Defendants Aldava, Greenwood, and Sherman contend that they have stated counterclaims for breach of contract because they have alleged the elements of a breach of contract and need only allege the "legal effect of the contract." (ECF No. 23 at 2). Defendants contend that their allegations are sufficient to state a claim under section 16600 because "[t]he Court held that Paragraph 13 of the agreement... limited competition and was thus void under section 16600." Id. Defendants contend that a violation of section 16600 can provide the basis for liability under the UCL.
A. Breach of Contract Counterclaims
Defendants Aldava, Greenwood, and Sherman each assert counterclaims against Plaintiff for breach of contract. Under California law, a breach of contract claim is comprised of the following elements: (1) a contract; (2) the plaintiff's performance or excuse for non-performance; (3) the defendant's breach; and (4) resulting damages to the plaintiff. Durell v. Sharp Healthcare, 183 Cal.App.4th 1350, 1367 (2010).
Defendants allege that Defendants Aldava, Greenwood, and Sherman "entered into the Contract, " that each Defendant "did all or substantially all of the significant things required of her under the terms of the Contract, " that "RHI breached the Contract by failing to pay part of the commissions that [each Defendant] earned, " and that each Defendant was "harmed." (ECF No. 13 at 3-4). Defendants Aldava, Greenwood, and Sherman's breach of contract counterclaims lack "factual content... plausibly suggestive of a claim entitling [Defendants] to relief." Moss, 572 F.3d at 969. Plaintiff's motion to dismiss Defendants Aldava, Greenwood, and Sherman's breach of contract counterclaims is granted.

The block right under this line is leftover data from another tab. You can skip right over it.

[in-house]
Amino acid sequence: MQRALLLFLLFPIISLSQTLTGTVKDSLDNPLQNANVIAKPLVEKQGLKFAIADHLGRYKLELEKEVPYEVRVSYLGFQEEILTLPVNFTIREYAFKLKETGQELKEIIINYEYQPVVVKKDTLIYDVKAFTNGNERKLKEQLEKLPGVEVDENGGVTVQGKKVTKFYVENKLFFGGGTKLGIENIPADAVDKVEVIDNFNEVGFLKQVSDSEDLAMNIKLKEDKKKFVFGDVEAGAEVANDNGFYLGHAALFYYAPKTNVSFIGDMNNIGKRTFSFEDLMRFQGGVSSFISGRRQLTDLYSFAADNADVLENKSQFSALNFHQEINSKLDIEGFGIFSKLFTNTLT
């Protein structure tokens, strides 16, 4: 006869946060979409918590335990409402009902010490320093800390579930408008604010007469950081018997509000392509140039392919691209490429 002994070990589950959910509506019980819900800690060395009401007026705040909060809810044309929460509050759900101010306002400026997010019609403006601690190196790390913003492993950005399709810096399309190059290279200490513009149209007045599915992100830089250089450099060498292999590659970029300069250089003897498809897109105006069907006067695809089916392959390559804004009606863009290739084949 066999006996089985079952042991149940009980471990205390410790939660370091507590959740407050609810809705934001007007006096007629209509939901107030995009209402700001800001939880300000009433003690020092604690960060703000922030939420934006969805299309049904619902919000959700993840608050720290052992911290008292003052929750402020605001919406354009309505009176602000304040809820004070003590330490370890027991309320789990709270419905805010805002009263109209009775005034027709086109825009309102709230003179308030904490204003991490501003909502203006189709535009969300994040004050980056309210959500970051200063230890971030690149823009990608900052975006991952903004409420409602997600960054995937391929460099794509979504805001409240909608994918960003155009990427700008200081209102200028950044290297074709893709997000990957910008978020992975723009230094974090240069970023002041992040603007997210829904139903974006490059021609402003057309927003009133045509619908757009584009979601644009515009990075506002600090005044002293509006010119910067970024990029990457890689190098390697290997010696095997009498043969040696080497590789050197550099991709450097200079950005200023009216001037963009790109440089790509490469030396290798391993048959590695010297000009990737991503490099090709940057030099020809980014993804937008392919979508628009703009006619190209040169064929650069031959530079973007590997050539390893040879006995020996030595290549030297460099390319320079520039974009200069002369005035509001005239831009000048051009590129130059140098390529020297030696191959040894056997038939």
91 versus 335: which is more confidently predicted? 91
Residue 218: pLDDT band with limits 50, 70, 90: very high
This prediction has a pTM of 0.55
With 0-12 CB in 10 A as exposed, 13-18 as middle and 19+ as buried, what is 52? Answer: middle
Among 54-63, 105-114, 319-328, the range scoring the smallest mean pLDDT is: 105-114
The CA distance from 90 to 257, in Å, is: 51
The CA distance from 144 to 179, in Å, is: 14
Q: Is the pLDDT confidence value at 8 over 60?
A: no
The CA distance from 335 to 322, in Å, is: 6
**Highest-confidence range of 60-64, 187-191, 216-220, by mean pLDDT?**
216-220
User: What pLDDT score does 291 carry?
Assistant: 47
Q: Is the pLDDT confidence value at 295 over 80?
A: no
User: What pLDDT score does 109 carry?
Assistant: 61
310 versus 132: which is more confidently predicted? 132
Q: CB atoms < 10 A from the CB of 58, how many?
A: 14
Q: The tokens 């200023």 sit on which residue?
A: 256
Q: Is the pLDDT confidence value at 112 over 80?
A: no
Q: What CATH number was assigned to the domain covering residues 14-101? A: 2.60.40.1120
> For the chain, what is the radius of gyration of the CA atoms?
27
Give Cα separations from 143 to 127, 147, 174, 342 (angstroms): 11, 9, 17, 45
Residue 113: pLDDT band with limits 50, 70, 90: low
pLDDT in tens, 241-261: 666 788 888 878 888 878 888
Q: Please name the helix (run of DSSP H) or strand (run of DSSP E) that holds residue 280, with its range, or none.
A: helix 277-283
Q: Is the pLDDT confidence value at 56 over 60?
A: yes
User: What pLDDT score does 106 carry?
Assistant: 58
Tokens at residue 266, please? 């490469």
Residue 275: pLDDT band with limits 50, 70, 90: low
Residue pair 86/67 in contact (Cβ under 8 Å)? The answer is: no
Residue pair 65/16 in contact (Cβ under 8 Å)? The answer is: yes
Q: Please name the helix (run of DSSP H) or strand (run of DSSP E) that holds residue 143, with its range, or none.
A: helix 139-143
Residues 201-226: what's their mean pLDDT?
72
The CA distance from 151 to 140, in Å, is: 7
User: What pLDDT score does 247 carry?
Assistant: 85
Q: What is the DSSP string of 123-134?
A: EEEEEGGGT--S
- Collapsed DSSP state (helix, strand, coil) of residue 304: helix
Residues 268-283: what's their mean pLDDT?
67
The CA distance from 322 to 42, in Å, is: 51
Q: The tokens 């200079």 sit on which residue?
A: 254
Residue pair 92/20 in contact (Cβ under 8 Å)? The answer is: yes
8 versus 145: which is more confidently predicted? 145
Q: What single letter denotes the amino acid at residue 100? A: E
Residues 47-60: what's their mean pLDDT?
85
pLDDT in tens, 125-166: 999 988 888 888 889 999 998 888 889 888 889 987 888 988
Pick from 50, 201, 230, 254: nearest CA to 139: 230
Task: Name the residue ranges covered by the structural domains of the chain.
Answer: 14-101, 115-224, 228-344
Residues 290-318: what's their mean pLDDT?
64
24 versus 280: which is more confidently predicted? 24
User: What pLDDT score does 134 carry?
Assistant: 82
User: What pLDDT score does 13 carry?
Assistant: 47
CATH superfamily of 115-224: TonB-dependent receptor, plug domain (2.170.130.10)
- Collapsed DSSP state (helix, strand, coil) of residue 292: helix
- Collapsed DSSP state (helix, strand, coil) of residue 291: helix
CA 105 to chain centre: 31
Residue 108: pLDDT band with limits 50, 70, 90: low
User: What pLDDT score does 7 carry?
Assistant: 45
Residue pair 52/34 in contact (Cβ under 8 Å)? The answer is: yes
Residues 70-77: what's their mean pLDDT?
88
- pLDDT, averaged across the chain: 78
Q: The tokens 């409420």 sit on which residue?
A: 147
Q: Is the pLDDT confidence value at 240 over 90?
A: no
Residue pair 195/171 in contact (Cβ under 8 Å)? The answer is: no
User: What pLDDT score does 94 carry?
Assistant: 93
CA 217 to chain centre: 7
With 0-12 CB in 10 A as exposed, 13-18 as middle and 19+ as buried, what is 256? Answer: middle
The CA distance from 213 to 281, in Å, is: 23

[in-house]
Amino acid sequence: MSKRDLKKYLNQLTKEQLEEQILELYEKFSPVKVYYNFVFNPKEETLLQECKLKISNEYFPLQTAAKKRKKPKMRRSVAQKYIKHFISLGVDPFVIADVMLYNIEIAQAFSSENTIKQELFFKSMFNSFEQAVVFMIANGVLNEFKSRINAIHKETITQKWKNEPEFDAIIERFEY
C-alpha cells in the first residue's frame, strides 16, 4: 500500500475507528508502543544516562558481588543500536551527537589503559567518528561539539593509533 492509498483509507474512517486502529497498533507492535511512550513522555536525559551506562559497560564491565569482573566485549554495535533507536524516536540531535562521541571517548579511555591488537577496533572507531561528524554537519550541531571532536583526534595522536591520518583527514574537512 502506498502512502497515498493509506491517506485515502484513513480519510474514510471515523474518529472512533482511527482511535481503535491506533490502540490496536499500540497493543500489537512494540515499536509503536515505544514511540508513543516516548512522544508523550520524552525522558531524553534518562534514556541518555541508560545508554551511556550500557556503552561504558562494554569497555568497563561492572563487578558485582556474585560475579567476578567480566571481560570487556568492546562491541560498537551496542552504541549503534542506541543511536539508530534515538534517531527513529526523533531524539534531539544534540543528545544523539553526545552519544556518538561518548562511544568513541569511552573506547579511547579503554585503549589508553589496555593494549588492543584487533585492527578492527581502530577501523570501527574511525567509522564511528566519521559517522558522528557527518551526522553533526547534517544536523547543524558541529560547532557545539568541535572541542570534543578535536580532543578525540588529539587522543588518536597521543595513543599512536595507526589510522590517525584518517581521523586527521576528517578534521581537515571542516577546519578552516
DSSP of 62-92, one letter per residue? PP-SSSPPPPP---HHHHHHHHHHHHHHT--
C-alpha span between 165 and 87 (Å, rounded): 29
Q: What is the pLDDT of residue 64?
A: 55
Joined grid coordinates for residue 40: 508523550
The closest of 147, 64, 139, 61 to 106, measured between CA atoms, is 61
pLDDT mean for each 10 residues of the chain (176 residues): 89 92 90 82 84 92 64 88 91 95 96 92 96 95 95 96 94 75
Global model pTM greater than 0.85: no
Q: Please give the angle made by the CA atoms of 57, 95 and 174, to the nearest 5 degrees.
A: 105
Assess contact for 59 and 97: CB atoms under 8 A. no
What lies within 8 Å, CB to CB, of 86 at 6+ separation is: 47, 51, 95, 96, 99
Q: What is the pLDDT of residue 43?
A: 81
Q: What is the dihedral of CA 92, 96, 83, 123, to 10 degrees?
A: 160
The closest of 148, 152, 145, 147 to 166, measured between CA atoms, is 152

B. UCL Counterclaim
All Defendants assert a UCL counterclaim against Plaintiff. Under the UCL, any person or entity that has engaged "in unfair competition may be enjoined in any court of competent jurisdiction." Cal. Bus. & Prof. Code §§ 17201, 17203. "Unfair competition" includes "any unlawful, unfair or fraudulent business act or practice and unfair, deceptive, untrue or misleading advertising." Id. § 17200. The UCL's "coverage is sweeping, embracing anything that can properly be called a business practice and that at the same time is forbidden by law." Cel-Tech Commc'ns, Inc. v. L.A. Cellular Tel. Co., 20 Cal.4th 163, 973 P.2d 527, 539 (1999) (internal quotations and citation omitted).
Defendants allege that Plaintiff violated the UCL because Plaintiff "requires its employees to sign, and thereafter attempts to enforce, an employment agreement knowing it contains unlawful anticompetitive provisions in violation of California Business & Professions Code § 16600." (ECF No. 13 at 5). Defendants fail to allege "factual content... plausibly suggestive of a claim" entitling Defendants to relief under the UCL for Plaintiff's violation of section 16600. Moss, 572 F.3d at 969. Plaintiff's motion to dismiss Defendants' UCL counterclaim is granted.
IT IS HEREBY ORDERED that the Motion to Dismiss (ECF No. 19) is GRANTED. No later than thirty (30) days from the date of this Order, Defendants may file a motion for leave to file amended counterclaims.